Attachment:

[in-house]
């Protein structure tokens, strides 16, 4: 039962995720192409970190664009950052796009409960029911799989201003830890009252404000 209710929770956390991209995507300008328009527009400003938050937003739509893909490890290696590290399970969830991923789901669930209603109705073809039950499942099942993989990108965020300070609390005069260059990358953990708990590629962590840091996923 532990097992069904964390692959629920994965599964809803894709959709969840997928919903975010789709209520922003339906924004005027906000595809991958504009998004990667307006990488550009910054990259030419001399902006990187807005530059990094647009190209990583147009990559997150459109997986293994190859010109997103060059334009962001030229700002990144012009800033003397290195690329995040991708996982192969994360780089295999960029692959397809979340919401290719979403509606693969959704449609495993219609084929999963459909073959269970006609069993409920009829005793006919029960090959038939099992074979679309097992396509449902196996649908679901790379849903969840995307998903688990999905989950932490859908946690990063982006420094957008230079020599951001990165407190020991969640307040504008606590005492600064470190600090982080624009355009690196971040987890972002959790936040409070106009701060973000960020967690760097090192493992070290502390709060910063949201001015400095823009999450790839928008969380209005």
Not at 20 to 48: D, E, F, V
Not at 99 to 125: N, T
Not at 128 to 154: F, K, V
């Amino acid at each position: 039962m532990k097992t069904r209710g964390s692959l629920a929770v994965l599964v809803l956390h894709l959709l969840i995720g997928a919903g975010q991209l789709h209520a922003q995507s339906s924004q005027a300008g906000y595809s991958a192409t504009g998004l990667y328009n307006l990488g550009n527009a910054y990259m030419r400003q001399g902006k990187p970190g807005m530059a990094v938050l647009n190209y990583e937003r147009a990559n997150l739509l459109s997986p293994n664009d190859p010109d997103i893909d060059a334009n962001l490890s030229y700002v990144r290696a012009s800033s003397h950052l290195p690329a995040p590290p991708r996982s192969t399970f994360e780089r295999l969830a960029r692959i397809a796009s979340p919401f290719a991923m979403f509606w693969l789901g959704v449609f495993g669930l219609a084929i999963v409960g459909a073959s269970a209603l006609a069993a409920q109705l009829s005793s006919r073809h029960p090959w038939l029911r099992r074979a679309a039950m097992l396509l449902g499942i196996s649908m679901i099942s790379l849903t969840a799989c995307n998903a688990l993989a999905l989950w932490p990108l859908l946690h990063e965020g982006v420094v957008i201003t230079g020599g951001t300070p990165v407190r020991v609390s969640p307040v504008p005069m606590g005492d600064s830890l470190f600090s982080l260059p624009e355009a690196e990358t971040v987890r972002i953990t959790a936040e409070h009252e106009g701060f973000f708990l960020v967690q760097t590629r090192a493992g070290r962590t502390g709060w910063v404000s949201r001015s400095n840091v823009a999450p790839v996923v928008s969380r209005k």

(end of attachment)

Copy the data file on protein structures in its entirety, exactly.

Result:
[in-house]
């Protein structure tokens, strides 16, 4: 039962995720192409970190664009950052796009409960029911799989201003830890009252404000 209710929770956390991209995507300008328009527009400003938050937003739509893909490890290696590290399970969830991923789901669930209603109705073809039950499942099942993989990108965020300070609390005069260059990358953990708990590629962590840091996923 532990097992069904964390692959629920994965599964809803894709959709969840997928919903975010789709209520922003339906924004005027906000595809991958504009998004990667307006990488550009910054990259030419001399902006990187807005530059990094647009190209990583147009990559997150459109997986293994190859010109997103060059334009962001030229700002990144012009800033003397290195690329995040991708996982192969994360780089295999960029692959397809979340919401290719979403509606693969959704449609495993219609084929999963459909073959269970006609069993409920009829005793006919029960090959038939099992074979679309097992396509449902196996649908679901790379849903969840995307998903688990999905989950932490859908946690990063982006420094957008230079020599951001990165407190020991969640307040504008606590005492600064470190600090982080624009355009690196971040987890972002959790936040409070106009701060973000960020967690760097090192493992070290502390709060910063949201001015400095823009999450790839928008969380209005």
Not at 20 to 48: D, E, F, V
Not at 99 to 125: N, T
Not at 128 to 154: F, K, V
């Amino acid at each position: 039962m532990k097992t069904r209710g964390s692959l629920a929770v994965l599964v809803l956390h894709l959709l969840i995720g997928a919903g975010q991209l789709h209520a922003q995507s339906s924004q005027a300008g906000y595809s991958a192409t504009g998004l990667y328009n307006l990488g550009n527009a910054y990259m030419r400003q001399g902006k990187p970190g807005m530059a990094v938050l647009n190209y990583e937003r147009a990559n997150l739509l459109s997986p293994n664009d190859p010109d997103i893909d060059a334009n962001l490890s030229y700002v990144r290696a012009s800033s003397h950052l290195p690329a995040p590290p991708r996982s192969t399970f994360e780089r295999l969830a960029r692959i397809a796009s979340p919401f290719a991923m979403f509606w693969l789901g959704v449609f495993g669930l219609a084929i999963v409960g459909a073959s269970a209603l006609a069993a409920q109705l009829s005793s006919r073809h029960p090959w038939l029911r099992r074979a679309a039950m097992l396509l449902g499942i196996s649908m679901i099942s790379l849903t969840a799989c995307n998903a688990l993989a999905l989950w932490p990108l859908l946690h990063e965020g982006v420094v957008i201003t230079g020599g951001t300070p990165v407190r020991v609390s969640p307040v504008p005069m606590g005492d600064s830890l470190f600090s982080l260059p624009e355009a690196e990358t971040v987890r972002i953990t959790a936040e409070h009252e106009g701060f973000f708990l960020v967690q760097t590629r090192a493992g070290r962590t502390g709060w910063v404000s949201r001015s400095n840091v823009a999450p790839v996923v928008s969380r209005k």